Expert Insights

Lamborghini’s New Flagship is a Plug-In Hybrid

Laurance Yap
July 5, 2023
While Lamborghini's flagship supercar, code-named LB744, can't be described as a "green" vehicle in the environmental sense, it previews interesting electrification and lightweight design technology that could show up on more mainstream vehicles.
Lambo Hybrid Construction

Three E-Motors and a Gasoline V12: the LB744

While we talk a lot about the economy and emissions benefits of hybrid vehicles here at GreenCars, adding electrification can also boost performance. Indeed, many of the most powerful and best-performing vehicles of recent years have been hybrids or plug-in hybrids. For its new flagship model, code-named LB744, Italian automaker Lamborghini will join the ranks with a new plug-in hybrid – adding three electric motors to a powerful V12 engine to produce what it calls its first HPEV (high-performance electrified vehicle). It will even come with the ability to drive on electric power alone.

The LB744 features an unprecedented and insanely powerful setup: a 6.5-liter naturally aspirated V12 mid-engine and three electric motors. Two motors are located at the front of the car to create an “e-axle” that can drive the car in full-electric mode and provide additional traction. The third electric motor is integrated into a new 8-speed dual-clutch transmission, which is arranged for behind the combustion engine V12. The space between the seats, which the gearbox would normally occupy, is now filled with a new lithium-ion battery with high specific power that drives the electric motors.

electric lamborghini cluster with EV mode enabled while steering

The Lamborghini LB744 Electronic Torque Vectoring

Having two front electric motors, which can be controlled individually, the LB744 is the first Lamborghini to offer electronic “torque vectoring” – varying the power applied to each of the wheels separately to improve cornering performance and stability. The wheel on the outside of a turn can move faster than the wheel on the inside. The effect is an improvement in the car’s agility in tight corners as well as its stability in high-speed cornering, working on concert with a standard four-wheel steering system. Unlike conventional mechanical torque vectoring, the use of electric motors improves response time and only uses the brakes when strictly necessary, to maximize efficiency. Naturally, because of this setup, the LB744 is all-wheel drive.

When not accelerating, the e-axle and rear electric motor contribute to deceleration, reducing stress on the brakes while recharging the battery. This provides sufficient range for the LB744 to be driven in urban centers in zero-emissions mode, which is increasingly a requirement in large European cities. In Città (Italian for city) mode, the LB744 has 180 horsepower, more than enough for commuting duties. Other modes include Strada, Sport, and Corsa, which bring the powerful V12 engine into play and provide increasing levels of aggression and power. In Strada (highway) mode, a total of 886 hp is available; Sport ramps that up to 907 hp; and the maximum-performance Corsa gives over 1,000 hp. There’s also a Recharge mode that uses the V12 to rapidly recharge the battery to enable more all-electric driving.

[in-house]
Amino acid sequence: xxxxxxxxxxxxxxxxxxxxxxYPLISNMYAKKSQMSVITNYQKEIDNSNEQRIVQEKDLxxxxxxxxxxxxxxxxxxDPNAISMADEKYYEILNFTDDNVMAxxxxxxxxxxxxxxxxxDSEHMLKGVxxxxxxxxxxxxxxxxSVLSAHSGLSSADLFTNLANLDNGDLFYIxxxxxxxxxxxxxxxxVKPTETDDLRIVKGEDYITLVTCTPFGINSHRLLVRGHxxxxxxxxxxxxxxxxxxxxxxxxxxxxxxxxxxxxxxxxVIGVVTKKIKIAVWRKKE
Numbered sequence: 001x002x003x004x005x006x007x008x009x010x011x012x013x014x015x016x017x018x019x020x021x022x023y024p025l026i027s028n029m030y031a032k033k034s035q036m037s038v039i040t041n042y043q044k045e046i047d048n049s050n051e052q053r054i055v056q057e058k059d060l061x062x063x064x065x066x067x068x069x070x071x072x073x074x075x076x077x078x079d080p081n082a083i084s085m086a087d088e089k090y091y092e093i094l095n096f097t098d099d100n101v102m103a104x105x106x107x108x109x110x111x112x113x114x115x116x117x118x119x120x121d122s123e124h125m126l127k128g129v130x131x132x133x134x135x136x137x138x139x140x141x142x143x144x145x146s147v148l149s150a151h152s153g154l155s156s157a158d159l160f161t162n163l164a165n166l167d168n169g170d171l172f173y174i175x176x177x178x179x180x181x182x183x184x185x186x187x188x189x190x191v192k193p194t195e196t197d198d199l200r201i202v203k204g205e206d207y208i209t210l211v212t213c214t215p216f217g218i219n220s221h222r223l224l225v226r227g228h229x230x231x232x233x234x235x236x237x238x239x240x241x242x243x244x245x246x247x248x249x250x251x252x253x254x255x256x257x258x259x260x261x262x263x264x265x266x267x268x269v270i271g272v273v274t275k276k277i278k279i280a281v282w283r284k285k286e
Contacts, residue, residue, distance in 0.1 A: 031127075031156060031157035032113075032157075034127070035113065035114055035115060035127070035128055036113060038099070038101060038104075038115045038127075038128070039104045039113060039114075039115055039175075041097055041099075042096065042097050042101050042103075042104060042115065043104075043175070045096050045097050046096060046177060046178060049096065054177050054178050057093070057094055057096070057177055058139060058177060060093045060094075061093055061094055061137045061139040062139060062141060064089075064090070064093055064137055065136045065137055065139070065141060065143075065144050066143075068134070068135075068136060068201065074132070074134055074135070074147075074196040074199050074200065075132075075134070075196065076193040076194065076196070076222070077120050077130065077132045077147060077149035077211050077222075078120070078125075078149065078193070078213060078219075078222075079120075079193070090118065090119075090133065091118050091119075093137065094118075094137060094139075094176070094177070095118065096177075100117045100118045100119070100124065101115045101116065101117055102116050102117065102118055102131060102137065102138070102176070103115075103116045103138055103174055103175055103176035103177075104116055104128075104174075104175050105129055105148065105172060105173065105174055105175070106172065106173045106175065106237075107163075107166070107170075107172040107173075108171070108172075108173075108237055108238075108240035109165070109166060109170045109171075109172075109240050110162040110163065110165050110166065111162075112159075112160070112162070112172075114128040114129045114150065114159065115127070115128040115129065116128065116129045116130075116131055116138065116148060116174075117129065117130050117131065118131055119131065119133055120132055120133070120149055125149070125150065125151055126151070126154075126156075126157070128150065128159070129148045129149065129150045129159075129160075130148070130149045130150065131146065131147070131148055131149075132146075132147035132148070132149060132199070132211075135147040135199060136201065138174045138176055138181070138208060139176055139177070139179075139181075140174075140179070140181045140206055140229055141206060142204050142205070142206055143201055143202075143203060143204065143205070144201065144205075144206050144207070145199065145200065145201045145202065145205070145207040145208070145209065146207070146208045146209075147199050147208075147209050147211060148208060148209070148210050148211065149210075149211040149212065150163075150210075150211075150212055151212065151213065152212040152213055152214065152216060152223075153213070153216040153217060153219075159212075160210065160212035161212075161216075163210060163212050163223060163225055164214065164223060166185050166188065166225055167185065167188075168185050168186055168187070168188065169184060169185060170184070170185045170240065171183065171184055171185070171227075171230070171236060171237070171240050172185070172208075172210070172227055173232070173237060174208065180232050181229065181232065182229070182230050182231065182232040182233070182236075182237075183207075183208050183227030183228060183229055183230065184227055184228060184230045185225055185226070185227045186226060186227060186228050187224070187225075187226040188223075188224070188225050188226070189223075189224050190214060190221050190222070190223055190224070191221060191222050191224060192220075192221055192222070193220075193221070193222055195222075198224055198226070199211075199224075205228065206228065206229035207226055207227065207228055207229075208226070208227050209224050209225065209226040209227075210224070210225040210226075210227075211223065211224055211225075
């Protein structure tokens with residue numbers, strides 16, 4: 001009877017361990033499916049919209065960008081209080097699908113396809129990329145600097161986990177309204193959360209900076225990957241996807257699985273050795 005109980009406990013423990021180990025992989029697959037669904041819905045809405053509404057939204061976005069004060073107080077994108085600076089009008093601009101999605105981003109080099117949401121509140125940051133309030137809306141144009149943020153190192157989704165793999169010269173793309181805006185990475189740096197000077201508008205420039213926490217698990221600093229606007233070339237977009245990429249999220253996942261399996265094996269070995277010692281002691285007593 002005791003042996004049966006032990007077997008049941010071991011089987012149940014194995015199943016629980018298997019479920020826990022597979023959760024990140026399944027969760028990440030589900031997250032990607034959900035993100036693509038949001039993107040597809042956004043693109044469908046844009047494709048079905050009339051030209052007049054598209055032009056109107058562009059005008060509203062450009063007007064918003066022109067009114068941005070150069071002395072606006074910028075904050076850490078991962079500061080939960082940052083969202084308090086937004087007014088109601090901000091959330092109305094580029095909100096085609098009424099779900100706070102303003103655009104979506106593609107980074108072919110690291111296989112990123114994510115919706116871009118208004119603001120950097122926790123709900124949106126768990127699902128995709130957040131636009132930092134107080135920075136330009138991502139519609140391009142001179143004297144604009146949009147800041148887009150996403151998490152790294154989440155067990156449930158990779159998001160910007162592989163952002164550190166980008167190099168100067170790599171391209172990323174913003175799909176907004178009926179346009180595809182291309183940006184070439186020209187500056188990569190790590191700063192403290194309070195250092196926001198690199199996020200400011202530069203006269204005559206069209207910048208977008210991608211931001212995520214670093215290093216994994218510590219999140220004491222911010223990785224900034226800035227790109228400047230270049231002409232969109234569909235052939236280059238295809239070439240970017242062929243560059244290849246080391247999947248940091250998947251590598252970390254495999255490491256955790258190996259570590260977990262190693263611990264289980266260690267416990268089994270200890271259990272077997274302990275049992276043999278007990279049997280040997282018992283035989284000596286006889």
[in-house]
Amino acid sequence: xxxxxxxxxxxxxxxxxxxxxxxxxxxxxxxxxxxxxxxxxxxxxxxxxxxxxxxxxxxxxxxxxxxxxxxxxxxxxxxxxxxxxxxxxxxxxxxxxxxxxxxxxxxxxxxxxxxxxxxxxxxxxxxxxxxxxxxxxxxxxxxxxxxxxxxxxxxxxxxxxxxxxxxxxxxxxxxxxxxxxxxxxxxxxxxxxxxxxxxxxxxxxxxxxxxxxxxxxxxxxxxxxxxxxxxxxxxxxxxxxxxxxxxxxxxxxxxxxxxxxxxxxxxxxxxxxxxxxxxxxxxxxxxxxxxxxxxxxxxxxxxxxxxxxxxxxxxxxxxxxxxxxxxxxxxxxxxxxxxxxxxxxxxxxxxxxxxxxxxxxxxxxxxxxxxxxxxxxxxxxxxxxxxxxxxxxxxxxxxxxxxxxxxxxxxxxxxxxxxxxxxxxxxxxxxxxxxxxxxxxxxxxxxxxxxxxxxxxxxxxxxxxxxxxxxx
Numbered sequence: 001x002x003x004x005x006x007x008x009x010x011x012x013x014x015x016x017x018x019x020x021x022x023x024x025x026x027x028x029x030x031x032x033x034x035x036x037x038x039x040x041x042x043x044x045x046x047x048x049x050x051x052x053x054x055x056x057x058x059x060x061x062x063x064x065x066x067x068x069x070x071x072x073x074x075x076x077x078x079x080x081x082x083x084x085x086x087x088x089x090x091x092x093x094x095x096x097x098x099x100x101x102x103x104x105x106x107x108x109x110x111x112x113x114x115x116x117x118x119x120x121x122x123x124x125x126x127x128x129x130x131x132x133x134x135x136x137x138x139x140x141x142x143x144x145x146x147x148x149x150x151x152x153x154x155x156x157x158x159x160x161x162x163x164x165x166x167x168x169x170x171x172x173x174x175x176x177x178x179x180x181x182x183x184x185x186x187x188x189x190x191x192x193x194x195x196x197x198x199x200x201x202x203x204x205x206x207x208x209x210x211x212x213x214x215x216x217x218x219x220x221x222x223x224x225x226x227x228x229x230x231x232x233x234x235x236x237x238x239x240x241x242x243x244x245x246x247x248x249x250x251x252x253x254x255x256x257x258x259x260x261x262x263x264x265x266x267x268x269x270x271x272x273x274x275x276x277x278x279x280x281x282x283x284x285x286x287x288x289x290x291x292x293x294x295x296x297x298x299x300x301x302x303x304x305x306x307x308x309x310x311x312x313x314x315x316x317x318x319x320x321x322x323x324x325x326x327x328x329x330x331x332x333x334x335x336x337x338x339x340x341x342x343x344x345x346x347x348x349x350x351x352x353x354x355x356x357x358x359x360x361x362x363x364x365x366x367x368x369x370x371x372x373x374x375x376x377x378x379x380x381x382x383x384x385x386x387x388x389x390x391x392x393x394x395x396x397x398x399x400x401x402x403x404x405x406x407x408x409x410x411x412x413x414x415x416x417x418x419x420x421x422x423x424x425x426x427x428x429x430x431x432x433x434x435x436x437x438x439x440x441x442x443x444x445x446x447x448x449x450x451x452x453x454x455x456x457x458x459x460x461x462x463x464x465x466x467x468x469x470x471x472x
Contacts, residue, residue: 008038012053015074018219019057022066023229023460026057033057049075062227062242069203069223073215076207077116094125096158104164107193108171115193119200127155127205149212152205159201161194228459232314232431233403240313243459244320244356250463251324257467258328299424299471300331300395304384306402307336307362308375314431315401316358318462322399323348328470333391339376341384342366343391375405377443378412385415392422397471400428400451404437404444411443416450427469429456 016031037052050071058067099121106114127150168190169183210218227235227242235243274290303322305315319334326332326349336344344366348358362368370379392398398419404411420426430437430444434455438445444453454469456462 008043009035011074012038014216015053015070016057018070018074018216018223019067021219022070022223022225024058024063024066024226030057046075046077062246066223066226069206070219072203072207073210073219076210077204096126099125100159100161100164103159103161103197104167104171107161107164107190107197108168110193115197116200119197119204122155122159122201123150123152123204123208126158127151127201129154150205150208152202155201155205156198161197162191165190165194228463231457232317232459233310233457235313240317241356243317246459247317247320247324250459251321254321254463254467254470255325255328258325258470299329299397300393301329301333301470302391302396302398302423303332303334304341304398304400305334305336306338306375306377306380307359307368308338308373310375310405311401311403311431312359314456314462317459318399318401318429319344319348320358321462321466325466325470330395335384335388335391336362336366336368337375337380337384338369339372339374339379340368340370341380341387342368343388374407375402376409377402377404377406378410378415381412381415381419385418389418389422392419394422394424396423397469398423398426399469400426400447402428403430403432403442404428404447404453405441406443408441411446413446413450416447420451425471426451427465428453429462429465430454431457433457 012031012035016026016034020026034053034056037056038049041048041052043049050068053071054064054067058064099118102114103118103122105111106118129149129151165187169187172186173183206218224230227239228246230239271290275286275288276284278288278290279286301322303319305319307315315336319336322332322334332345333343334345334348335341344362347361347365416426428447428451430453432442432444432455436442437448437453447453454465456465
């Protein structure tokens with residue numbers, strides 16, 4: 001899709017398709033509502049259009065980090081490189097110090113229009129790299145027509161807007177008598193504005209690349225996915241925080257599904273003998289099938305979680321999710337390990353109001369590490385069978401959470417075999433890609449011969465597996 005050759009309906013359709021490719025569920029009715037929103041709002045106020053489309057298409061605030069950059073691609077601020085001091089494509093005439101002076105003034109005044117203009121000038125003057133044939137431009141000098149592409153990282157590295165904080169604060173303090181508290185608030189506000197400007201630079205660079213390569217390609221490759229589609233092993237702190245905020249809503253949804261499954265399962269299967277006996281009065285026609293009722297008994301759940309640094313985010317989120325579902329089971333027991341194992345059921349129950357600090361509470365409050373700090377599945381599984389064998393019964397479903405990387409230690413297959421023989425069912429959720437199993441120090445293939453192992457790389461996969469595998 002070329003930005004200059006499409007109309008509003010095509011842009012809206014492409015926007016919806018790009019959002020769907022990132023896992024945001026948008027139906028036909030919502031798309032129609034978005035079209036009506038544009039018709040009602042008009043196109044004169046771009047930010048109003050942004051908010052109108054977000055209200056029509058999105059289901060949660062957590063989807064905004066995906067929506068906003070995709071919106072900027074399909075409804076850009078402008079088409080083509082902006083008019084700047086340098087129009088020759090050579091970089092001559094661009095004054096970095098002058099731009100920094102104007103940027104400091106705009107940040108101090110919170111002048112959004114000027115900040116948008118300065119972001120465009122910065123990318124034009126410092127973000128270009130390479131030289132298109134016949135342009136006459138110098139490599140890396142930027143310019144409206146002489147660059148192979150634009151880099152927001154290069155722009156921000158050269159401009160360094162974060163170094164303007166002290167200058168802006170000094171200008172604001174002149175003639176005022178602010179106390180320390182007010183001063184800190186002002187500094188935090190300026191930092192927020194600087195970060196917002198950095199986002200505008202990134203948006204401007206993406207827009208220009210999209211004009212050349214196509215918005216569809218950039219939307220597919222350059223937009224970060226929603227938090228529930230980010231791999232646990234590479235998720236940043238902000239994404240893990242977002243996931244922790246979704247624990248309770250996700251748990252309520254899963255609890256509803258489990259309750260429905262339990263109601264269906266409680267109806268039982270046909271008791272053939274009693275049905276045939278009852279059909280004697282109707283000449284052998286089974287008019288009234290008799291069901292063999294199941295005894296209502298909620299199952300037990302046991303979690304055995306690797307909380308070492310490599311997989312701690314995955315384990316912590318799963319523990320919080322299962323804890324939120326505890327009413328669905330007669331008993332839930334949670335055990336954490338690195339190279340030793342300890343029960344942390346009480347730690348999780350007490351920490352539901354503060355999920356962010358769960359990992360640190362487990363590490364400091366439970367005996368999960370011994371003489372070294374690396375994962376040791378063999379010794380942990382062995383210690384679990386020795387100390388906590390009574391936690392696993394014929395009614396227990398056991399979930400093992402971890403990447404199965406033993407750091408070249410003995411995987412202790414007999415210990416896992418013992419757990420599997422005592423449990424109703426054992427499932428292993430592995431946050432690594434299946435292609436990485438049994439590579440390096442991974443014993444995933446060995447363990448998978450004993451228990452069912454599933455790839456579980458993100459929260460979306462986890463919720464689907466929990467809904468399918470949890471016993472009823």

Lambo hybrid construction and vehicle frame design example

Ultra-Lightweight Construction

Of course, there is more to the LB744 than its engine and electric motors. It’s the first Lamborghini to be built using a new aviation-inspired “monofusolage,” an ultra-lightweight carbon-fiber structure, which weighs 10 percent less than the chassis of the outgoing Aventador supercar, while offering a much stiffer structure at the same time. There are active aerodynamics, incorporating a movable front splitter, rear wing, and even a special roof design which channels flow to the wing. Other aerodynamic tricks include grilles inside the fenders to improve not only the cooling of the front brakes – the strip draws air from the front diffuser and channels it to the brake – but which also reduce air resistance inside the wheel well. In addition, two ducts located in front of the rear wheels collect flow from the underbody and direct it to the rear brakes for cooling.

While it is hard to call the LB744 a “green car” in the conventional sense – with all systems active including the gasoline engine, it is hardly environmentally friendly – it’s an interesting preview of technology we could eventually see in more mainstream vehicles. Its clever torque vectoring, lightweight materials, and other technology could show up in the next generation of “normal” cars, making them more efficient as well as more fun to drive.